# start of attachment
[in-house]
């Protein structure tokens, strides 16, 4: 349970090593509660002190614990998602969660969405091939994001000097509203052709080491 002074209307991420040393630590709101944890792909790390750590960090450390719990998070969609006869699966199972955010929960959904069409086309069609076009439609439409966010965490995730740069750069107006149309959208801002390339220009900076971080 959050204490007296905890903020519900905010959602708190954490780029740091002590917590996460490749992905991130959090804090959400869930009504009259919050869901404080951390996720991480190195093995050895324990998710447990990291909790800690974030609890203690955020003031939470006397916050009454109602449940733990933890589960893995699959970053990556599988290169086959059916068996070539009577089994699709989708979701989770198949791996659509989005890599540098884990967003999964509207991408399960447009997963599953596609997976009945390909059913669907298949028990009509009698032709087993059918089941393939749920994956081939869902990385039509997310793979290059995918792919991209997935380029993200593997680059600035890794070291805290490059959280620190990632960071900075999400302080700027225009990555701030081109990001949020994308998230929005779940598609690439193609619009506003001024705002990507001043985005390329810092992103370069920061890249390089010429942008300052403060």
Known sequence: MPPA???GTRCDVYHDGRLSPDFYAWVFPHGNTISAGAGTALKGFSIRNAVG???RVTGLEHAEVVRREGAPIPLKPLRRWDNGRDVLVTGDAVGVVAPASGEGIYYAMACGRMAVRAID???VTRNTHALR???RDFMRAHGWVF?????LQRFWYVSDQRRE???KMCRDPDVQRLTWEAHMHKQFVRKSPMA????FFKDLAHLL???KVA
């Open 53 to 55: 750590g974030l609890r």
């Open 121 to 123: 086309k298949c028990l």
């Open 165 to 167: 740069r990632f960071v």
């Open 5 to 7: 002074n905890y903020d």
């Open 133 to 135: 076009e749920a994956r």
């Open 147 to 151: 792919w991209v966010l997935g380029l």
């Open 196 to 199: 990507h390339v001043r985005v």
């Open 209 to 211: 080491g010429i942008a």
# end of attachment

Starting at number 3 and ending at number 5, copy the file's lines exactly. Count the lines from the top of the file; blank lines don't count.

Known sequence: MPPA???GTRCDVYHDGRLSPDFYAWVFPHGNTISAGAGTALKGFSIRNAVG???RVTGLEHAEVVRREGAPIPLKPLRRWDNGRDVLVTGDAVGVVAPASGEGIYYAMACGRMAVRAID???VTRNTHALR???RDFMRAHGWVF?????LQRFWYVSDQRRE???KMCRDPDVQRLTWEAHMHKQFVRKSPMA????FFKDLAHLL???KVA
């Open 53 to 55: 750590g974030l609890r």
């Open 121 to 123: 086309k298949c028990l």